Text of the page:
Perhaps inevitably, the Darkness have written new material; they played it and received a lukewarm reaction. New songs like “Nothing’s Gonna Stop Us” seemed to skip those clever double entendres that marked their best work and leaned on good-time rockisms (an album is apparently in the can and waiting to be titled and sequenced). It was clear that the crowd, while hardly hostile, was there for the old songs. Less expected was a surprising cover of Radiohead’s “Street Spirit (Fade Out),” which the band turned into the Randy Rhodes-era Ozzy rocker it was (apparently) always meant to be.

After delivering the goods with “I Believe in a Thing Called Love,” the Darkness retired for a minute before retaking the stage for their encore. Hawkins emerged with a third costume change, this time sporting in a Bovine Sex Club tee, much to the delight of the fans, and finished the night with “Love on the Rock with No Ice.” While it’s unclear where the Darkness have to go from here — musical progression never really seemed like their M.O. — it was clear the band and their fans are glad to be back together.

“Nothing’s Going to Stop Us”

Live Review: Ryan Adams @ Wintergarden Theatre, Toronto ON 12/10/2011

This review originally appeared at Exclaim.ca

Since going solo, Ryan Adams has been accused of many things — a lack of quality control, erratic live performances and general assholishness. But the Jacksonville, NC musician has written more great songs and played more good shows than bad ones. As for his famed temperamental nature, recent interviews and live performances suggest he’s finally ready to bury that part of his life for good.

Tourmate Jessica Lea Mayfield wandered on stage and delivered a demure “hey” before working through a handful of tracks with her acoustic guitar. On Mayfield’s records, a band usually backs the songwriter, bringing her country-soul tunes to life. But on their own, they become somewhat indistinguishable; coupled with a frustrating clicking sound that plagued the venue’s PA system throughout the night, the odds seemed stacked against the Ohio native. Still, Mayfield has a haunting voice, which saved the performance from being a complete washout.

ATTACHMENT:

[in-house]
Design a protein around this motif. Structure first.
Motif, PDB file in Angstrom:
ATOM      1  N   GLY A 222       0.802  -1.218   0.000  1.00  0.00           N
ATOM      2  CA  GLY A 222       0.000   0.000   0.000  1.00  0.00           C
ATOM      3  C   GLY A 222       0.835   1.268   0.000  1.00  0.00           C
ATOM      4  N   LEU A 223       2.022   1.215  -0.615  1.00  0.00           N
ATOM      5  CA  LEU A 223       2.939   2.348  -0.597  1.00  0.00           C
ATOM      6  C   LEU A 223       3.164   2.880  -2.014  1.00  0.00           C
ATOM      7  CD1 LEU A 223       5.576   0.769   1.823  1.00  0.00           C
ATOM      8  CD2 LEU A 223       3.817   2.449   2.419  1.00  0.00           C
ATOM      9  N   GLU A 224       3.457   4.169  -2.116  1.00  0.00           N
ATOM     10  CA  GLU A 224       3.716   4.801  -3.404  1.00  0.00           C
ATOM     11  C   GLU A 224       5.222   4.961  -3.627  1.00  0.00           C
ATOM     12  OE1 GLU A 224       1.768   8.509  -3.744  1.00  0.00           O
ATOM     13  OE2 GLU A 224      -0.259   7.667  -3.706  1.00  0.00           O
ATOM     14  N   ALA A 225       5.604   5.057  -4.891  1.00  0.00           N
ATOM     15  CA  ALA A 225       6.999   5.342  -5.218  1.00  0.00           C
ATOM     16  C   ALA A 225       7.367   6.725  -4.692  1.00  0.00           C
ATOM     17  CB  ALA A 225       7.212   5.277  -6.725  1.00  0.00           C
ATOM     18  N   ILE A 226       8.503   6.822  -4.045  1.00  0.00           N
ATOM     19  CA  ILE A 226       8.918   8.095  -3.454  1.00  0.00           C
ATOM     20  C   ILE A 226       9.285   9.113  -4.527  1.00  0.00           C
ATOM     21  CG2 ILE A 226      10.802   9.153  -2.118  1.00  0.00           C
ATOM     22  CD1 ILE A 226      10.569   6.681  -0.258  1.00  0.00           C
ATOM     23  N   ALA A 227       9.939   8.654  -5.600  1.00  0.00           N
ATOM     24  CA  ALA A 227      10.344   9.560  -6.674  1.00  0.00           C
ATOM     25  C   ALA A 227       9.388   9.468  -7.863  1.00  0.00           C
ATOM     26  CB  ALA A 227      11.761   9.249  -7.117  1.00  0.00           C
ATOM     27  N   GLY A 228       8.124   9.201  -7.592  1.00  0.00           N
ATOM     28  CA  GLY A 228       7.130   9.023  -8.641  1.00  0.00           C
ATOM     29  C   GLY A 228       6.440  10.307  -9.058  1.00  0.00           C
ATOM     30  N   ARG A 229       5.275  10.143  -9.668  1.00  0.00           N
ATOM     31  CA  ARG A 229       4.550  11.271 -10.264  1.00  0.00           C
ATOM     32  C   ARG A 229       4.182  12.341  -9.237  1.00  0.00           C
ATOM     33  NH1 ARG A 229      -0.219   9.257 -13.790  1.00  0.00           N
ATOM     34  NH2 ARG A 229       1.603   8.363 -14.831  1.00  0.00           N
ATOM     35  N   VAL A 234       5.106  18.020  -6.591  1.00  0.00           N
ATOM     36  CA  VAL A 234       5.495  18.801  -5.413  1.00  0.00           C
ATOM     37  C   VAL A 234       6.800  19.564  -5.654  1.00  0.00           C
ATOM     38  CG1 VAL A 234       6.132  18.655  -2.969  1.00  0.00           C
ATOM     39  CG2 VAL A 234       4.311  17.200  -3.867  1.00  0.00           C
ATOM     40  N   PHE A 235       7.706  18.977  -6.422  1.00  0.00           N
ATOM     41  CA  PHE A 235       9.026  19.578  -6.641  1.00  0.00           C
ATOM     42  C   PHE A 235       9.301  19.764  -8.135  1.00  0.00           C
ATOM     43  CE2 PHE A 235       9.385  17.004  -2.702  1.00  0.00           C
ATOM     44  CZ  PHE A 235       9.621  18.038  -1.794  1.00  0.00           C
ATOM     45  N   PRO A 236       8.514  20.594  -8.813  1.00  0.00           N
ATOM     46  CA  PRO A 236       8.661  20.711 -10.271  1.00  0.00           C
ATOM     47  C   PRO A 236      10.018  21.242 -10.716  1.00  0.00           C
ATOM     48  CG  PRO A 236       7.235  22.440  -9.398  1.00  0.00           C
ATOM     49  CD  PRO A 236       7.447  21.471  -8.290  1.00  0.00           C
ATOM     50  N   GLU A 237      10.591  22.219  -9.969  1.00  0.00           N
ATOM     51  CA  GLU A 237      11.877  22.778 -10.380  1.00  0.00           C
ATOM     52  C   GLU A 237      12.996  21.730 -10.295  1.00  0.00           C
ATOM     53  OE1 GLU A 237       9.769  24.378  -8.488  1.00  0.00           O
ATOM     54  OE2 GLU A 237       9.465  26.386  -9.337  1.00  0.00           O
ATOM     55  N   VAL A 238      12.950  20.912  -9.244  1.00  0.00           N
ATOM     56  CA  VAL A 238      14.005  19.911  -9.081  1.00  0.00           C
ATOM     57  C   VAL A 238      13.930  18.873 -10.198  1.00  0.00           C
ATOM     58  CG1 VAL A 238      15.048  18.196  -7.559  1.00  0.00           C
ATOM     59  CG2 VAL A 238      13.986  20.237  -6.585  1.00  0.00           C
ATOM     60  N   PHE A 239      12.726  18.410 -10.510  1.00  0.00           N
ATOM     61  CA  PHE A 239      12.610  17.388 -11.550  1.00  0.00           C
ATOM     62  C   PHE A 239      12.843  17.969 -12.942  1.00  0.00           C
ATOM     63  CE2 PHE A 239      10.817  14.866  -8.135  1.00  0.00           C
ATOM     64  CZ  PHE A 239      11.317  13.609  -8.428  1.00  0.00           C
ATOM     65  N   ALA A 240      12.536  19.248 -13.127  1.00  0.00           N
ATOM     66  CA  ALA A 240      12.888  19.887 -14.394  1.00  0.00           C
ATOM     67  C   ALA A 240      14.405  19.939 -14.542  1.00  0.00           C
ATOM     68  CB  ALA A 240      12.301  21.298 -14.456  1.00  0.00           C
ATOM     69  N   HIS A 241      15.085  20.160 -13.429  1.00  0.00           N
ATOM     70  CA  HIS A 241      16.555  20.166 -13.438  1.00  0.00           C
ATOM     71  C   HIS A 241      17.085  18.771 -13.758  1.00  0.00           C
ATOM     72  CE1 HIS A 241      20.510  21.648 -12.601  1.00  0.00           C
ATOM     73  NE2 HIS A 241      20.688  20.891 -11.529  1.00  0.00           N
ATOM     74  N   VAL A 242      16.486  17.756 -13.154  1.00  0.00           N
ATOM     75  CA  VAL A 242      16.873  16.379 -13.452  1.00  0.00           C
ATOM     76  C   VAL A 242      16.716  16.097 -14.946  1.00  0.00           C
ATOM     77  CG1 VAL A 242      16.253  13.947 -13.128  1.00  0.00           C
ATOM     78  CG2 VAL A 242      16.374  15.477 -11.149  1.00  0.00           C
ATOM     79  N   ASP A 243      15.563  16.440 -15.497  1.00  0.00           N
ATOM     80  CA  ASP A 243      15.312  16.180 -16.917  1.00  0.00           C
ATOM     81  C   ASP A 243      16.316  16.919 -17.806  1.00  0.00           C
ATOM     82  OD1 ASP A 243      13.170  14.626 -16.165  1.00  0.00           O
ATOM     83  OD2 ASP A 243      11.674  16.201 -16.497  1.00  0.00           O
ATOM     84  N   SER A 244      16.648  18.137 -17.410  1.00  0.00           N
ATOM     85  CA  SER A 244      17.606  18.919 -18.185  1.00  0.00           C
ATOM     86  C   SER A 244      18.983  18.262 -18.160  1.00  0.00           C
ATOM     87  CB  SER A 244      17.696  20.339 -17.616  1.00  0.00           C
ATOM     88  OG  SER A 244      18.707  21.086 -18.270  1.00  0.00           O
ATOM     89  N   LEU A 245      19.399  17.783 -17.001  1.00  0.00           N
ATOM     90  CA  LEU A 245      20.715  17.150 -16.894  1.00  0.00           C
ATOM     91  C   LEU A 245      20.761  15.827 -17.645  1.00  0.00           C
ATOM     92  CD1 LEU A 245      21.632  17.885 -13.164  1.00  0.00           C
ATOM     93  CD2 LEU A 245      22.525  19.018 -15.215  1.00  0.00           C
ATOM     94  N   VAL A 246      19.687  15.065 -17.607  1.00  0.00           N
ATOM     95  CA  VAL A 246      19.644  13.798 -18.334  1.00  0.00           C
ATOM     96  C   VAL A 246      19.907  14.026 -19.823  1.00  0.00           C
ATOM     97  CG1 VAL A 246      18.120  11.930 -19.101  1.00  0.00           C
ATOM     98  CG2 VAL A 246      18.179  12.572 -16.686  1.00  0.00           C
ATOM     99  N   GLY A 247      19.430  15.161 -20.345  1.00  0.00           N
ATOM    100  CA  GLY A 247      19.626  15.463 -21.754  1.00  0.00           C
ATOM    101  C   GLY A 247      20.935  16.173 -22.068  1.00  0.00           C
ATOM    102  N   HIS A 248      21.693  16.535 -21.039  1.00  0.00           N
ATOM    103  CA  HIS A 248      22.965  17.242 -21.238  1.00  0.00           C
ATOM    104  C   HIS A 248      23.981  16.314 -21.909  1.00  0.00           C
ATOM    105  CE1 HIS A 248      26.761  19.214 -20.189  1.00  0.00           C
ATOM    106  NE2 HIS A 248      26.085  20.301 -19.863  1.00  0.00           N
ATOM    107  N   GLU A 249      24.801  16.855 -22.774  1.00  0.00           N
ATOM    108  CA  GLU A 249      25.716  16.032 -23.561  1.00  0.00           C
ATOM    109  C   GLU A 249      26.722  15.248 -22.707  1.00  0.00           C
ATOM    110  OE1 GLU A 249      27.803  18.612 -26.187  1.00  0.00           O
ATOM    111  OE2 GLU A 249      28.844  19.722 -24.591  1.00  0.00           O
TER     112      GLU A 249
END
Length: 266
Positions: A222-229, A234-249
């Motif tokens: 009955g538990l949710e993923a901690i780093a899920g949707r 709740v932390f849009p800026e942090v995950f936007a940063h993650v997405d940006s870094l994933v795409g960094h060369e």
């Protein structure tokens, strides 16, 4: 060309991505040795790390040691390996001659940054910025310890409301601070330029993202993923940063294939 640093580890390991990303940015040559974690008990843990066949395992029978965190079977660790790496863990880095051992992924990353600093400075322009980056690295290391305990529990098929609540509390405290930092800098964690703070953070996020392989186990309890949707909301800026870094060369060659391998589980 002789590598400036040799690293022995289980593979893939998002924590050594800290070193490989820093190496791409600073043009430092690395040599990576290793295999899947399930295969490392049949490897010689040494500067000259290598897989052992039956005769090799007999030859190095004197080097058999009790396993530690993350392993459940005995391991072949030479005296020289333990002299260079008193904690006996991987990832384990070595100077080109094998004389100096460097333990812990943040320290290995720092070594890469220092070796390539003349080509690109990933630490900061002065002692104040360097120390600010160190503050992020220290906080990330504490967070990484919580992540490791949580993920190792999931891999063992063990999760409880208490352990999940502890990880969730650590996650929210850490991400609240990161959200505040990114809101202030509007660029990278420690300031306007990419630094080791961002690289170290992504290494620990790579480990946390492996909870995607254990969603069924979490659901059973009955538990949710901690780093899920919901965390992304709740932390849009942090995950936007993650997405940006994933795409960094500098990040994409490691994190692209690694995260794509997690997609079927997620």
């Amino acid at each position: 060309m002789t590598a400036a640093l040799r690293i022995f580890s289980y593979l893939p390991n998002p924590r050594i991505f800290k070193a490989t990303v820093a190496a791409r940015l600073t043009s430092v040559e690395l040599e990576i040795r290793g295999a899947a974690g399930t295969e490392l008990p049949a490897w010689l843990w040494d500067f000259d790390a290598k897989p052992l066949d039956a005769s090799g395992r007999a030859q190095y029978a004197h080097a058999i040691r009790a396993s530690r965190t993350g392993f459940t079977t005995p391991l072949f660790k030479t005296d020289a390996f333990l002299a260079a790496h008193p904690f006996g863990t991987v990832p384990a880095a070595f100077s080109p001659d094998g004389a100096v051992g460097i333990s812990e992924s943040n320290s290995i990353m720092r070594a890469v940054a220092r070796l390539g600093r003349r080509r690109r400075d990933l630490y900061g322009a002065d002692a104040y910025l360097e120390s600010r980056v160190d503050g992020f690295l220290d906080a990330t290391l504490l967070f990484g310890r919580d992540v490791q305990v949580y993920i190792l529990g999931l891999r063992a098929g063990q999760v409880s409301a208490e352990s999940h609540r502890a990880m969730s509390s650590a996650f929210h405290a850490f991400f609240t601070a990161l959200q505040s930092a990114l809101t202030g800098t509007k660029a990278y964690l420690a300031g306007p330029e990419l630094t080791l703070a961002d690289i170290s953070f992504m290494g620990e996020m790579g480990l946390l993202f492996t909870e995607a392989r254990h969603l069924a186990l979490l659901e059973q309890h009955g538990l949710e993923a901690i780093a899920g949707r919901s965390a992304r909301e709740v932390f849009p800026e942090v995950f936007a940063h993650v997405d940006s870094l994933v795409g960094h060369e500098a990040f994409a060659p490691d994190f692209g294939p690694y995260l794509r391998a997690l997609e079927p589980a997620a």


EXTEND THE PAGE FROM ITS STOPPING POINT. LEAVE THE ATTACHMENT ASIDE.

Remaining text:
After a long delay due to the buggy soundsystem — the headliner assured us it was not his fault “for once” — Adams took the sparse stage wearing a black Bathory tee (further evidence that last year’sOrion wasn’t meant as an ironic joke) and opened the night with “Oh My Sweet Carolina,” from his solo debut Heartbreaker, then delivered the title track from new album Ashes & Fire. Like that new, intimate record, which served as a much-needed reminder of why we all fell in love with Adams music in the first place, the night remained a quiet, solo-acoustic affair, with Adams cherry-picking tracks from throughout his long career, including a performance of Whiskeytown’s “16 Days.”

With two acoustic guitars, a piano and several mics as his only company on stage, Adams was extremely chatty, engaging the audience and weaving funny, longwinded non-sequiturs between each song. He even wrote one on the spot about how much Dracula likes to cook. Despite some ass-hat heckling from balcony, Adams remained in a light-hearted mood throughout the night, and more importantly self-deprecating, frequently mocking his own image and even making up a song about his Motörhead sweater (it’s not a T-shirt) in which he jokingly referred to himself as the “Glenn Danzig of alt-country.”